We are headed on a hunt to find dinosaurs and other extinct creatures around the country, and here are some of the best places to see them.

I am Allosaurus written and illustrated by Timothy J. Bradley

Cleveland-Lloyd Dinosaur Quarry – Elmo, Utah

 More than 12,000 bones have been found at the site, mostly from carnivores and primarily the Allosaurus. Get a glimpse of bones and rock formations in a landscape that was once a very active spot for many meat-eaters especially flying giants.

Dinosaur Valley State Park – Glen Rose, Texas

 Walk, or paddle the riverbed to see the mark dinosaurs left on their former home. Here you will find tracks from sauropods and theropods intertwined in various locations. These tracks gave scientists valuable information in piecing together some mysteries of the past.

Dino Treasures illustrated by Cathy Morrison, written by Rhonda Lucas Donald

Dinosaur State Park – Rocky Hill Connecticut 

 Go below the dome to find one of the largest collections of dinosaur tracks in North America. The tracks are attributed to the Dilophosaurus and were made about 200 million years ago. After viewing the tracks, explore trails surrounded by some of the foliage related to the plants dinosaurs once walked through.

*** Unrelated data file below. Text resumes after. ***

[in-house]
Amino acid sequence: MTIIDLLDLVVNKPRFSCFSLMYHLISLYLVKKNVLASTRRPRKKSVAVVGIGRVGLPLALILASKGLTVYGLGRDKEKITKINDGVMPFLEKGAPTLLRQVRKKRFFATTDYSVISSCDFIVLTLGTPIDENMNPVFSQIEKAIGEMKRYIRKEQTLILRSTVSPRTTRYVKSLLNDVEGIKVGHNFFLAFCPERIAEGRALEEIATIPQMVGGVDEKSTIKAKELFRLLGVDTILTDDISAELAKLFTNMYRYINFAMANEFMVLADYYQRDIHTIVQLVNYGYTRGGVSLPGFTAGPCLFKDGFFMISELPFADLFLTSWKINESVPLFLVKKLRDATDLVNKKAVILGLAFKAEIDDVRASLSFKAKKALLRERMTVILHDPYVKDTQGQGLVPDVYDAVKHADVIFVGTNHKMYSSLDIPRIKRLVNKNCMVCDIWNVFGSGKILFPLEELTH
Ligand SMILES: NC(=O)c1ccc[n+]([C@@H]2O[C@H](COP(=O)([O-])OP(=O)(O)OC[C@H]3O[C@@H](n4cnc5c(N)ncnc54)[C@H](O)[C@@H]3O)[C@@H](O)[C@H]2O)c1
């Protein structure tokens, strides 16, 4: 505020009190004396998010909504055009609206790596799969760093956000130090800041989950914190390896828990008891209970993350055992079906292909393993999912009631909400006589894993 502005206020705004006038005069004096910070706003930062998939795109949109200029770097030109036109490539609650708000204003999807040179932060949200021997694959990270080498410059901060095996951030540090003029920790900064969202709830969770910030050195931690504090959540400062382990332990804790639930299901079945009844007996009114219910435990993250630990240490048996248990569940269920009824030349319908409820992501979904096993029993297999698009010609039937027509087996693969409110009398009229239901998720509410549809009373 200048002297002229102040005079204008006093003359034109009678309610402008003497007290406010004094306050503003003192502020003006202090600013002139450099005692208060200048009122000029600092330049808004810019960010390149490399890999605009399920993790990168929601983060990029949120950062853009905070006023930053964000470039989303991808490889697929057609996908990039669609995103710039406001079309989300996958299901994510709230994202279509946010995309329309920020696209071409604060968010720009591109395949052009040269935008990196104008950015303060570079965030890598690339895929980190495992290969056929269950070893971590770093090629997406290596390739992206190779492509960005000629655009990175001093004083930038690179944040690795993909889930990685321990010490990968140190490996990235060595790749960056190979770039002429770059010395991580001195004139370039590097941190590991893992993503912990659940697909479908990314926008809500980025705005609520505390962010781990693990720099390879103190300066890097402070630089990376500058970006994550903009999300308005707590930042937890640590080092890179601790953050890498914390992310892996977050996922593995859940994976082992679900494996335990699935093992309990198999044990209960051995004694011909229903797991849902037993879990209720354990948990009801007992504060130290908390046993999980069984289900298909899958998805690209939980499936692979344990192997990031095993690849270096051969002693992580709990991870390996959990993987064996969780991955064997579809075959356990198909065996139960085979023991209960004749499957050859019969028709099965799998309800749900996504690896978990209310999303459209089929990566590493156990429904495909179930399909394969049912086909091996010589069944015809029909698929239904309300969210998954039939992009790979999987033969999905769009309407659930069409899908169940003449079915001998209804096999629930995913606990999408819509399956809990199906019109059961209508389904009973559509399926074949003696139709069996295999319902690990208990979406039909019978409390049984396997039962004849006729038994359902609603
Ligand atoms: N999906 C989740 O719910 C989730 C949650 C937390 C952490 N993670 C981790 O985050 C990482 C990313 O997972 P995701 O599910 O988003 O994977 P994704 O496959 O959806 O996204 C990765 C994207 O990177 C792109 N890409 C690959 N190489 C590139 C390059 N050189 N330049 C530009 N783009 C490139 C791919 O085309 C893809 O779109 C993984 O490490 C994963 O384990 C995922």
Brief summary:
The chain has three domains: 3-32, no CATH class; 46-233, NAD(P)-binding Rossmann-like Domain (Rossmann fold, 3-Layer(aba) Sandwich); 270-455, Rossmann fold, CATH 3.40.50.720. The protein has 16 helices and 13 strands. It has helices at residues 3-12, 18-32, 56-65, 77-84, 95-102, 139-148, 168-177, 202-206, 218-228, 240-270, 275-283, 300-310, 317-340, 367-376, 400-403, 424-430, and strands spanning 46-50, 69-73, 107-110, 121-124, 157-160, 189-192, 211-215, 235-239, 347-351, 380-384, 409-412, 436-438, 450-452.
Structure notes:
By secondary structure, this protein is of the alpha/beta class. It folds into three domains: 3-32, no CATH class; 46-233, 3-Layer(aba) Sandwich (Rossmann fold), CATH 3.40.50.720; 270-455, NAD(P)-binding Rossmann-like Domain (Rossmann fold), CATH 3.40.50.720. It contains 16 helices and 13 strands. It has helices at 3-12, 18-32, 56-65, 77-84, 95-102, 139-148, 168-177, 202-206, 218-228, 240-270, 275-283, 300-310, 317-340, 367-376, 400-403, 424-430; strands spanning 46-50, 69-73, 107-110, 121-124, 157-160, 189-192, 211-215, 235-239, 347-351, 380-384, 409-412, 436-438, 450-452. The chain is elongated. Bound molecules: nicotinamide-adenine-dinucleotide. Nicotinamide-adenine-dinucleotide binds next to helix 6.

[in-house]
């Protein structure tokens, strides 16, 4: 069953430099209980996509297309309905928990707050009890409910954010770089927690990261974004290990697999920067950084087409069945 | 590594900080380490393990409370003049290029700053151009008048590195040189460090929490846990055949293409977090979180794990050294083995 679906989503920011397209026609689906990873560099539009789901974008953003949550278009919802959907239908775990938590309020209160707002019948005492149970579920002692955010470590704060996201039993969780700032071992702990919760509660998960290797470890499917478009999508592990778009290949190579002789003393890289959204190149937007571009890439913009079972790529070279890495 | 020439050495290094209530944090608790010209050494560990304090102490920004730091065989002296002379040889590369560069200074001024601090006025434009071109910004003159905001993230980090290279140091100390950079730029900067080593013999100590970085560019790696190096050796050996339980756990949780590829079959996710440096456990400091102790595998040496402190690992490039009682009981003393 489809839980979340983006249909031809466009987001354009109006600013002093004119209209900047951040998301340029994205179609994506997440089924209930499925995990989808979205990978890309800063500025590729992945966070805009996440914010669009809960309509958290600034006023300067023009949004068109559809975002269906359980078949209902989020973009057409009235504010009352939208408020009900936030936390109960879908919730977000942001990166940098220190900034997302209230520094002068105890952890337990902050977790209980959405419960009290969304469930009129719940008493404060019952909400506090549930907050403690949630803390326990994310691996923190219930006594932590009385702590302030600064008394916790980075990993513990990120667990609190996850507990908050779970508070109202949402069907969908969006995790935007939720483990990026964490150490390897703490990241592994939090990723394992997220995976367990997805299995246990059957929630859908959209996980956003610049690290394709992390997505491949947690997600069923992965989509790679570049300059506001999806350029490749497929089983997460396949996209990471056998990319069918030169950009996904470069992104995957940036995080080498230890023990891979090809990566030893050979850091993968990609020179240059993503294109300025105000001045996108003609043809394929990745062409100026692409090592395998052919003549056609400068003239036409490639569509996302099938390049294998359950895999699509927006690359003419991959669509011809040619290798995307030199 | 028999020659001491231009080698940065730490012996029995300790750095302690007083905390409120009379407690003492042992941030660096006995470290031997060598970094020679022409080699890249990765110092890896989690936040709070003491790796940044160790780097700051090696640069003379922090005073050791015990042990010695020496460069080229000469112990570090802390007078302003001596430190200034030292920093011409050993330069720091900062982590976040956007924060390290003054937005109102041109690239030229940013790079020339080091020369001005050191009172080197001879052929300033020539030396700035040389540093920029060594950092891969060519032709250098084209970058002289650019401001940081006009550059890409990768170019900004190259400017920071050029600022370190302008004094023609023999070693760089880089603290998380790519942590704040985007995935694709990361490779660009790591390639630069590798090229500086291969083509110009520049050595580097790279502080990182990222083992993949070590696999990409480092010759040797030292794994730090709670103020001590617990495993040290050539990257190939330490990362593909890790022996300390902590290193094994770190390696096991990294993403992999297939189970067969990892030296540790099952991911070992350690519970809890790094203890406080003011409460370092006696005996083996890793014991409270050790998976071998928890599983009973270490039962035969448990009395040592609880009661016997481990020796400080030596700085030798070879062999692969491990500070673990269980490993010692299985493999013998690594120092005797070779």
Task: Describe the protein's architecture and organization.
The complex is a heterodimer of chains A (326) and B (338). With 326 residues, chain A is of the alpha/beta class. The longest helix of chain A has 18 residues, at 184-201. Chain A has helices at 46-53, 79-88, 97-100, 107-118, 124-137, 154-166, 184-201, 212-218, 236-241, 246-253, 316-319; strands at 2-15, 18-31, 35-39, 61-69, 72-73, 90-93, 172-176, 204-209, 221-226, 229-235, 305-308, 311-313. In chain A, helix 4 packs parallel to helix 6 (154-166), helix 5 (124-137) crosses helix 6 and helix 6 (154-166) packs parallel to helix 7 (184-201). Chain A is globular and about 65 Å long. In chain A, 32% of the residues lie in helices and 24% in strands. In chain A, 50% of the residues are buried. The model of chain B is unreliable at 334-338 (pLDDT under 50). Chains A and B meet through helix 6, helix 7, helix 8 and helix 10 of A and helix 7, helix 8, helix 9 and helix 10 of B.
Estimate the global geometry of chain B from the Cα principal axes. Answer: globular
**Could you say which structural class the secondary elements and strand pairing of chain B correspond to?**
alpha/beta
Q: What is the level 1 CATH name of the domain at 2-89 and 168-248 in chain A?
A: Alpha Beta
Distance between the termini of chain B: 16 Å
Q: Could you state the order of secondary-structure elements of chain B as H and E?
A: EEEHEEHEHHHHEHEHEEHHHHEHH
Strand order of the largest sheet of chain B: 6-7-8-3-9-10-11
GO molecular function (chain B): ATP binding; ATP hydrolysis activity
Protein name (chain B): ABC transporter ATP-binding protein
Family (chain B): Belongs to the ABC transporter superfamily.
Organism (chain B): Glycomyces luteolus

Dinosaur Ridge – Morrison, Colorado 

 Denver as a tropical oasis? Hundreds of tracks are set in stone just outside the city with evidence of Brontosauruses, Iguanodons, Triceratops, alligator ancestors, and fossilized palms. The trail has all sorts of surprises buried in the rocks.

La Brea Tar Pits – Los Angeles, California

 The Ice Age comes alive in the heart of Los Angeles. The tar pits have been there for thousands of years and captured various animals for thousands of years. Watch paleontologists actively uncovering mammoths, saber-toothed cats, and dire wolves and explore the museum filled with fossils of unlucky animals.

Wandering Woolly written and illustrated by Andrea Gabriel

If you can’t make it to the dinosaur’s former homes, learn more about them and the techniques for discovering dinosaurs in these Arbordale books Dino Tracks, Dino Treasures, I am Allosaurus, and Wandering Woolly. And on November 2nd, get your copy of I am Hatzegopteryx from Timothy J. Bradley! 

Activities for all these titles can be found on the Arbordale Publishing website.

What’s So Funny? Animals that Laugh out Loud

Artwork from Moose and Magpie by Sherry Rogers

Why do we laugh?